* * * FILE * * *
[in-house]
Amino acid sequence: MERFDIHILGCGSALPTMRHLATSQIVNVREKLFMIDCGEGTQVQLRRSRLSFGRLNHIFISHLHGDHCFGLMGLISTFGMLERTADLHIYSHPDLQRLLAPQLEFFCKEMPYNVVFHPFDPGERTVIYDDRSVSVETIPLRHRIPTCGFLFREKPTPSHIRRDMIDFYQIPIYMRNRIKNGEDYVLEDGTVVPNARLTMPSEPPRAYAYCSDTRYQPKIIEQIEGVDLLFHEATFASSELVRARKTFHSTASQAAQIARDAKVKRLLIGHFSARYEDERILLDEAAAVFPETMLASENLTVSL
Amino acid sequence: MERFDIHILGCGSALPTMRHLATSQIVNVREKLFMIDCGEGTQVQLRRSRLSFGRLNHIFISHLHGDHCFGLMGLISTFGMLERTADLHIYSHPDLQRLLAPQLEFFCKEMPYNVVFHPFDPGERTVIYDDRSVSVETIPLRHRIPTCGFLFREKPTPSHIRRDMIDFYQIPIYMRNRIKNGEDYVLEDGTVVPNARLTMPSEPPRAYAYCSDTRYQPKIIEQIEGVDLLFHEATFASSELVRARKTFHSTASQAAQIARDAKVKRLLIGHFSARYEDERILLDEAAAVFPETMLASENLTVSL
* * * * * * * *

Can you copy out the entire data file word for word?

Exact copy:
[in-house]
Amino acid sequence: MERFDIHILGCGSALPTMRHLATSQIVNVREKLFMIDCGEGTQVQLRRSRLSFGRLNHIFISHLHGDHCFGLMGLISTFGMLERTADLHIYSHPDLQRLLAPQLEFFCKEMPYNVVFHPFDPGERTVIYDDRSVSVETIPLRHRIPTCGFLFREKPTPSHIRRDMIDFYQIPIYMRNRIKNGEDYVLEDGTVVPNARLTMPSEPPRAYAYCSDTRYQPKIIEQIEGVDLLFHEATFASSELVRARKTFHSTASQAAQIARDAKVKRLLIGHFSARYEDERILLDEAAAVFPETMLASENLTVSL
Amino acid sequence: MERFDIHILGCGSALPTMRHLATSQIVNVREKLFMIDCGEGTQVQLRRSRLSFGRLNHIFISHLHGDHCFGLMGLISTFGMLERTADLHIYSHPDLQRLLAPQLEFFCKEMPYNVVFHPFDPGERTVIYDDRSVSVETIPLRHRIPTCGFLFREKPTPSHIRRDMIDFYQIPIYMRNRIKNGEDYVLEDGTVVPNARLTMPSEPPRAYAYCSDTRYQPKIIEQIEGVDLLFHEATFASSELVRARKTFHSTASQAAQIARDAKVKRLLIGHFSARYEDERILLDEAAAVFPETMLASENLTVSL